it is not a sit-up and chest pass. the trainer or partner must be able to catch and receive the ball effectively so that the medicine ball can be returned to the trainee in a timely and efficient manner. The trainee will catch the ball. Finally. the trainee will have their back to the partner holding the ball in front of them with arms extended. The concentric toss back is done with one movement with the hands over the head. The trainee will lean back at 45° angle. nsca’s performance training journal • www. quickly and explosively return the ball back to the partner following through with the arms. and 15) The trainee will stand with arms extended in front of the body and perform a semi-circle to the side of the body raising the ball above and behind the head eccentrically loading the core. slightly bent and facing away from the partner.Core Training Trainer or Partner Setup (Catch and Return) (Figure 1) First of all. the partner will chest pass the ball towards the middle of the body and the trainee will catch the ball while sitting up. Seated Isometric Chest Pass (Figure 18) Medicine Ball Toss/Knee Punch Combo (Figures 6. The trainee will be in a seated position with legs out in front and slightly bent. perform a sit-up and tap the ground between the legs. the trainee will tap the ground behind them. The trainee will lean back at 45° angle. When the trainee receives the ball. Next. Medicine Ball Toss (Figures 2. Hands should be in front of the face ready to receive the ball. 13. The trainer will toss the ball behind the head and the trainee will catch and return the ball back to the trainer performing a tricep extension movement. The partner will have the same setup for all of the following exercises. 8. Then. tap the ball to the ground and return the ball back to the partner finishing in the prone position. 7. The partner will return the ball to the other side and repeat the movement. The partner will stand with knees slightly bent and arms extended in front of the body. This exercise is intended to be a shoulder thrust and not a rotation. slight eccentric recoil in the elbows will occur and the ball should be returned to the trainee quickly and accurately. The partner is very critical to the movement pattern so that there is a smooth transition between repetitions to maximize the exercise. It is important for the trainee to keep their elbows up and thumbs down during the movement. The trainee will rotate the trunk through the transverse plane allowing the hips to move freely with arms extended. they will rotate following the ball with their eyes and explosively thrust the ball back to the partner. Then. When the trainee receives the ball. When the ball is received. and 9) The trainee will start in a seated position with the legs out in front and slightly bent. Standing Rotations (Figures 10 and 11) The trainee and the partner will both be in standing positions. The partner will stand directly above the trainee holding their legs together. Seated Overhead Toss (Figure 19) The partner will stand directly above the trainee holding their legs together. and 4) The trainee will start in a seated position with the legs out in front and slightly bent. The partner and trainee should work as a team and focus on throwing the ball to each other so there is a smooth exchange and not at each other. go back and tap the ball to the ground creating an eccentric load on the core. The trainee will then follow through by slamming the ball to the floor under control. Seated Shoulder Thrusts (Figure 16) The partner will stand at a 45° angle facing the trainee. go back and tap the ball to the ground creating an eccentric load on the core. The partner will toss the ball to the trainee across their body. The trainee will be in a seated position with legs out in front and slightly bent and the partner will stand perpendicular to the trainee.nsca-lift. 14. eccentrically load the core by tapping the ball to the floor and explosively punch the other knee to the ball. Simultaneously. The trainee will catch the ball. which could create an interruption while performing the set. 3.org • volume 10 issue 5 10 . follow the ball with the eyes and explosively toss the ball to the partner. The partner will perform a chest pass aiming slightly above the head. the trainee will explosively punch the knee to the ball. Standing Axe Chops (Figures 12. The partner will toss the ball to the trainee across their body. Seated Rotation (Figure 17) Reverse Medicine Ball Toss (Figure 5) The trainee will start in a prone position with the legs out in front. The trainer will toss the ball to the chest and the trainee will then explosively perform a chest pass back to the partner. The partner will perform a chest pass aiming slightly above the head. they will rotate with arms extended following the ball with their eyes and explosively toss the ball back to the partner. Hands should be in front of the face ready to receive the ball. the trainee will eccentrically load the core one more time by tapping the ground behind them and return the ball back to the partner in one explosive movement.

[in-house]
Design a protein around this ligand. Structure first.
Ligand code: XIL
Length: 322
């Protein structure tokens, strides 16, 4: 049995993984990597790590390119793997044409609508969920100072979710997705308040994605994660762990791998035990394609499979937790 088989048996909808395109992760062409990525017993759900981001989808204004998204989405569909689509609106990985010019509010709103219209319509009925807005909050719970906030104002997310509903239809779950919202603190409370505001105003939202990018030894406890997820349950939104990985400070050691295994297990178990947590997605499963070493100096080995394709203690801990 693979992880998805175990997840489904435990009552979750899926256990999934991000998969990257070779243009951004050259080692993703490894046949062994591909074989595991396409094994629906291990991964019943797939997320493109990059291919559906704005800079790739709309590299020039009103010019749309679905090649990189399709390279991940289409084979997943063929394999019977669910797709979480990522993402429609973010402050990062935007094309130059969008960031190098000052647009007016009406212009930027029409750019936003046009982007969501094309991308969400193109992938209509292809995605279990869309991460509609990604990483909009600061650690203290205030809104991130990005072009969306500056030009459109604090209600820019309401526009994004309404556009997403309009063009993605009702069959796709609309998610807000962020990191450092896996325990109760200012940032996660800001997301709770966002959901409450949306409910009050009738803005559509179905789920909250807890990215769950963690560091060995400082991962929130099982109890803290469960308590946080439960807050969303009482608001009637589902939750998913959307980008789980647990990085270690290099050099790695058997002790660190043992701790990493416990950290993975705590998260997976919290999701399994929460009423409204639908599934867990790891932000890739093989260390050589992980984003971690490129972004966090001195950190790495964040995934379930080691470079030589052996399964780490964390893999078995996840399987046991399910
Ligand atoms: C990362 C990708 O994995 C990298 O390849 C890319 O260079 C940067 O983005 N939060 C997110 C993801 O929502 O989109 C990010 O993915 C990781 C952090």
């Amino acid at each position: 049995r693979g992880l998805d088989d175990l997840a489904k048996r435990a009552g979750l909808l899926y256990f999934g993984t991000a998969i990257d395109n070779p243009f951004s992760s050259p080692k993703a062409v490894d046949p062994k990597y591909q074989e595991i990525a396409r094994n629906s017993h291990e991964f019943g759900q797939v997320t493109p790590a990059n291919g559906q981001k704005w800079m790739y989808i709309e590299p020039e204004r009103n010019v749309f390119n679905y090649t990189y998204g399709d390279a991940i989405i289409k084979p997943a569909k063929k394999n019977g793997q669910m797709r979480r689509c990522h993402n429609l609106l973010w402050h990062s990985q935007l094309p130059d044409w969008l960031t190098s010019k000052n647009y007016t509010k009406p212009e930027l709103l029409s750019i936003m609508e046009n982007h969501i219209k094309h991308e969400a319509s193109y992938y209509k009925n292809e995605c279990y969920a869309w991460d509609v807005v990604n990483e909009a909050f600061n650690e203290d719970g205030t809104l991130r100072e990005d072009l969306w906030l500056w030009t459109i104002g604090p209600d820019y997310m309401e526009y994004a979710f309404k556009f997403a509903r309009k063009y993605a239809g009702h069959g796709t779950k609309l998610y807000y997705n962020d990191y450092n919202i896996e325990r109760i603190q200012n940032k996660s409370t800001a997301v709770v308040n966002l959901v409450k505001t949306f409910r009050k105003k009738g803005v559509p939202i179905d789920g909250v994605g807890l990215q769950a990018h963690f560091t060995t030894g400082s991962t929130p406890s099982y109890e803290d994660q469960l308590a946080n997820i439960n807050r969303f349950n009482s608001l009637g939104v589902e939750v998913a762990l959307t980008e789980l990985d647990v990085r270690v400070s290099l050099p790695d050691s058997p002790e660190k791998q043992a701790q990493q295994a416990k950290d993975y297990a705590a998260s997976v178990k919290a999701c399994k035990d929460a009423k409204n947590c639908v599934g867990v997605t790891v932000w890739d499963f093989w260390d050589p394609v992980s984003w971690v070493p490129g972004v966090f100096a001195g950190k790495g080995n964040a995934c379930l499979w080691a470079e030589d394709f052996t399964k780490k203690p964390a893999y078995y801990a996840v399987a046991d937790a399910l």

n 5. T. seated rotation. 2.nsca-lift. M. W. shoulder thrust. Volume. Evidence for core training: What works and for who? NSCA Performance Training Journal 8(5): 10–12.com. 3-D Power performance training course. and isometric overhead press are the five exercises in the circuit for the purpose of this article. Catch and Return Figure 2. The medicine ball toss. NSCA Performance Training Journal 7(6): 9–12. 3.3dperformancetraining. 2008. Medicine Ball Toss Figure 3. Earp. 2008. J. 2010. If they want to improve muscular endurance then ball performing 12–15 repetitions with a lighter medicine ball would be the preferred volume (Table 2). Medicine ball training implications for rotational power sports. 4. and Circuit Design A few questions must be answered before integrating the medicine ball into a training program.Core Training Program Design. Core training using a domed device. and Kraemer. Handzel. Griffith. Kutz. C. The intensity and volume of the core circuit can be increased by modifying the weight of the ball and the repetitions completed (Table 4). Medicine Ball Toss nsca’s performance training journal • www. Adapted online from. NSCA Performance Training Journal 2(6): 26–30. Figure 1. The basic circuit has a total of 13 exercises and totals 39 repetitions (Table 3). What is the current fitness level of the individual? What are the training goals? What size of medicine ball should be used? If the goal of the individual is to increase power then performing 3–5 repetitions with a heavier medicine ball relative to their fitness level would be the correct volume. 2003–present. Medicine Ball Toss Figure 4. 2009. Williams.org • volume 10 issue 5 11 . M. Journal of Strength and Conditioning Research 32: 20–25. www. isometric chest pass. A medicine ball circuit can be created by combining five of the previous exercises. this is a fun and challenging way to work the core. Core training for improved performance. References 1.